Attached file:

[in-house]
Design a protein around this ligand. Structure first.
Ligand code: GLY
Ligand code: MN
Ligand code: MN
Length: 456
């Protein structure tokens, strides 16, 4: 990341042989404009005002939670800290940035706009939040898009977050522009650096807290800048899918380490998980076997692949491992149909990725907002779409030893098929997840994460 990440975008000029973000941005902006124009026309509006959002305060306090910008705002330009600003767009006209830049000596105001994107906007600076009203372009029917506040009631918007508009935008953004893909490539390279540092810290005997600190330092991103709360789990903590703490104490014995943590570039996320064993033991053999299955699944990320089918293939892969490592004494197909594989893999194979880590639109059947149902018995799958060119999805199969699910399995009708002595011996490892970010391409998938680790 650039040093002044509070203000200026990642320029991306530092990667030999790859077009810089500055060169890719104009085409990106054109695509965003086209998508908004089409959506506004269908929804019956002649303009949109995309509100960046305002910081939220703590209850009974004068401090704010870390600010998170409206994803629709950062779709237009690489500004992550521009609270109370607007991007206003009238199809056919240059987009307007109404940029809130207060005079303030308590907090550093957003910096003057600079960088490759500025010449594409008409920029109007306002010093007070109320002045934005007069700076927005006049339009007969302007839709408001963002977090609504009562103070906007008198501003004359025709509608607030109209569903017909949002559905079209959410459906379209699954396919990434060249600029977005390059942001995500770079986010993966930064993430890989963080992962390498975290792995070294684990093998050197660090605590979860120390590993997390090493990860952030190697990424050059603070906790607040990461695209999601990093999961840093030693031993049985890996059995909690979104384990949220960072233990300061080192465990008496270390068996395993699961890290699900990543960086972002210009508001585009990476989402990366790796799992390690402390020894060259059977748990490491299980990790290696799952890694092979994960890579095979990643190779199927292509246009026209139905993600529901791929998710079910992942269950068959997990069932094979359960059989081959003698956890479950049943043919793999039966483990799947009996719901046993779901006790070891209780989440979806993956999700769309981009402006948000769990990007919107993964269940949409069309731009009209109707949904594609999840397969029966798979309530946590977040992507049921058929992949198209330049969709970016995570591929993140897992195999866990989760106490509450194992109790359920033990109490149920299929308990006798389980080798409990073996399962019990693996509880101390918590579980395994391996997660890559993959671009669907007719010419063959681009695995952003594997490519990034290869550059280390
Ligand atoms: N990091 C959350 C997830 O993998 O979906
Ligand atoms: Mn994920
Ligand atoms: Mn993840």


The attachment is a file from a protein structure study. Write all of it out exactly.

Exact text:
[in-house]
Design a protein around this ligand. Structure first.
Ligand code: GLY
Ligand code: MN
Ligand code: MN
Length: 456
């Protein structure tokens, strides 16, 4: 990341042989404009005002939670800290940035706009939040898009977050522009650096807290800048899918380490998980076997692949491992149909990725907002779409030893098929997840994460 990440975008000029973000941005902006124009026309509006959002305060306090910008705002330009600003767009006209830049000596105001994107906007600076009203372009029917506040009631918007508009935008953004893909490539390279540092810290005997600190330092991103709360789990903590703490104490014995943590570039996320064993033991053999299955699944990320089918293939892969490592004494197909594989893999194979880590639109059947149902018995799958060119999805199969699910399995009708002595011996490892970010391409998938680790 650039040093002044509070203000200026990642320029991306530092990667030999790859077009810089500055060169890719104009085409990106054109695509965003086209998508908004089409959506506004269908929804019956002649303009949109995309509100960046305002910081939220703590209850009974004068401090704010870390600010998170409206994803629709950062779709237009690489500004992550521009609270109370607007991007206003009238199809056919240059987009307007109404940029809130207060005079303030308590907090550093957003910096003057600079960088490759500025010449594409008409920029109007306002010093007070109320002045934005007069700076927005006049339009007969302007839709408001963002977090609504009562103070906007008198501003004359025709509608607030109209569903017909949002559905079209959410459906379209699954396919990434060249600029977005390059942001995500770079986010993966930064993430890989963080992962390498975290792995070294684990093998050197660090605590979860120390590993997390090493990860952030190697990424050059603070906790607040990461695209999601990093999961840093030693031993049985890996059995909690979104384990949220960072233990300061080192465990008496270390068996395993699961890290699900990543960086972002210009508001585009990476989402990366790796799992390690402390020894060259059977748990490491299980990790290696799952890694092979994960890579095979990643190779199927292509246009026209139905993600529901791929998710079910992942269950068959997990069932094979359960059989081959003698956890479950049943043919793999039966483990799947009996719901046993779901006790070891209780989440979806993956999700769309981009402006948000769990990007919107993964269940949409069309731009009209109707949904594609999840397969029966798979309530946590977040992507049921058929992949198209330049969709970016995570591929993140897992195999866990989760106490509450194992109790359920033990109490149920299929308990006798389980080798409990073996399962019990693996509880101390918590579980395994391996997660890559993959671009669907007719010419063959681009695995952003594997490519990034290869550059280390
Ligand atoms: N990091 C959350 C997830 O993998 O979906
Ligand atoms: Mn994920
Ligand atoms: Mn993840």